Many assume their friends don’t want to do business with them because of complications if things don’t work out. Fact is, some actually prefer to have business relationships with friends.

Read: Friends without money can add to your book

Instead of making assumptions, find out where your friends stand by giving them an opportunity to say Yes or No.

Here are some reasons why friends do business with friends:

  • Trust – It takes a long time to earn, and you have it. Some of your friends may have already decided they’d do business with you, but they’re not clients yet because you haven’t raised the possibility.
  • Context – You know sensitive details about their lives that can impact their finances. It often takes months or years for a client to become comfortable enough with an advisor to share this information.

Read: 3 approaches to advising friends

  • Personal Attention – They think you work from a list. You get a great stock idea and start calling clients, beginning with your largest and best. Because they’re friends they assume they’ll be closer to the top of the list, even if their assets are considerably lower. The use of managed money has changed how business is done today, but they still think you use a list.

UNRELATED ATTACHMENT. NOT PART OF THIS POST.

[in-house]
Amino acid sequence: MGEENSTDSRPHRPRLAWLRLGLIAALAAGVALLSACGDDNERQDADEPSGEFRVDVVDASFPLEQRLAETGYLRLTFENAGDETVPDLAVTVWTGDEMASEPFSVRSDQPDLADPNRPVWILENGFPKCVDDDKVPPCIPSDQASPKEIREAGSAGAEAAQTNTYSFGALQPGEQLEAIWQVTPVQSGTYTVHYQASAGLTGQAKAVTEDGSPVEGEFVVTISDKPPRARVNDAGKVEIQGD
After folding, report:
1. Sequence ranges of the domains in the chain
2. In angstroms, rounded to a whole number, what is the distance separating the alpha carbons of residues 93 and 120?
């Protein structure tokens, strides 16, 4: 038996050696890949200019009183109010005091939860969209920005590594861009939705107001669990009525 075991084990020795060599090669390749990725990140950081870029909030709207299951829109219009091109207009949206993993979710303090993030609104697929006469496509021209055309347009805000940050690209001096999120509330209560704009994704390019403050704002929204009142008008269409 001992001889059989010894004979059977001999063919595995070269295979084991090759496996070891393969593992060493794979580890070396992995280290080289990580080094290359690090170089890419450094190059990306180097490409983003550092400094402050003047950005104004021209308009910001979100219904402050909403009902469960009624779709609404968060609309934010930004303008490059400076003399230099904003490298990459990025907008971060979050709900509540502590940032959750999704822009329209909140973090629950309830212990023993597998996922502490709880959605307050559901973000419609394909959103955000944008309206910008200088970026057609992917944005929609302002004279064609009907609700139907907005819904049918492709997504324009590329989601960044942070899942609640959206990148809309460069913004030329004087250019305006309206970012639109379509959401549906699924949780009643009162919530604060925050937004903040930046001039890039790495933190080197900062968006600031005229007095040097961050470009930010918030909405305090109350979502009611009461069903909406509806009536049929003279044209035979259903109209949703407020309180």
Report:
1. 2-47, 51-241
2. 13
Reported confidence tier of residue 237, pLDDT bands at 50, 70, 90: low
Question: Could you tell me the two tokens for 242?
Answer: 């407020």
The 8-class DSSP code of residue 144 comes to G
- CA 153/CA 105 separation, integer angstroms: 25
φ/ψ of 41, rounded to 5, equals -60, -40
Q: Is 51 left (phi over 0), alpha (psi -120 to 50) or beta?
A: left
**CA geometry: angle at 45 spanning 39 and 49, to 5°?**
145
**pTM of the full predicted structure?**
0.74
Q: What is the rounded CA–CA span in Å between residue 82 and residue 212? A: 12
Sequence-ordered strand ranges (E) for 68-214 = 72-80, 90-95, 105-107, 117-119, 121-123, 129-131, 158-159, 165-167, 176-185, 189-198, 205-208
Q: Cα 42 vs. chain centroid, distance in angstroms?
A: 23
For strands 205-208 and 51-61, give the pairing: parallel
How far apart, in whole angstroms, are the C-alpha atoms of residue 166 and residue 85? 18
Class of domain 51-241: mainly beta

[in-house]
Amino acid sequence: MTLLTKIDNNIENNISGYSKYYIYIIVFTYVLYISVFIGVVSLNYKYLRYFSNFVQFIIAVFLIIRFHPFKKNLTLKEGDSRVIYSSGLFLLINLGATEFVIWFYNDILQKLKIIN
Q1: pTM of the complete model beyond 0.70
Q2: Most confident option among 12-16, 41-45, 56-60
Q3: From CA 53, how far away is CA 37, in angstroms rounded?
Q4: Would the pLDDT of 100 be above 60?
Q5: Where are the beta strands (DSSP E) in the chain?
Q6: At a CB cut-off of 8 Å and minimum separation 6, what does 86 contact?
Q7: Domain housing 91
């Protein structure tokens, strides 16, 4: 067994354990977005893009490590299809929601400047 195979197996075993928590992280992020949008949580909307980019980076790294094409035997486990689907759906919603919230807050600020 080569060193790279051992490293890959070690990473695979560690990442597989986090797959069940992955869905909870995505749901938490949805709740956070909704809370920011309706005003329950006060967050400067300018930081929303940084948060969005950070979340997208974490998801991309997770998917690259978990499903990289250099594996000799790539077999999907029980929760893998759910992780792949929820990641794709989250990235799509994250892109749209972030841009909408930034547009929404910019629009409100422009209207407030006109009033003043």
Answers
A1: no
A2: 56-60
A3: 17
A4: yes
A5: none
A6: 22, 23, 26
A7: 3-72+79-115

• Known Quantity – They worry that if they walk into any financial services firm they could end up with an inexperienced advisor who may not be there in a month. But they know your personality, skills and demeanor.
  • Objective Advice – True friends can tell each other what they need to hear. Your friends know you won’t sugar coat the message to avoid offending them.
  • They Like You – People prefer to do business with people they like. You have many choices for haircuts, banking, buying flowers and getting morning coffee. Why do you return to certain places? You like the people (and they do a good job). People will go out of their way to do business with people they like, including paying more for the service.

Read: 5 (more) ways to turn friends into clients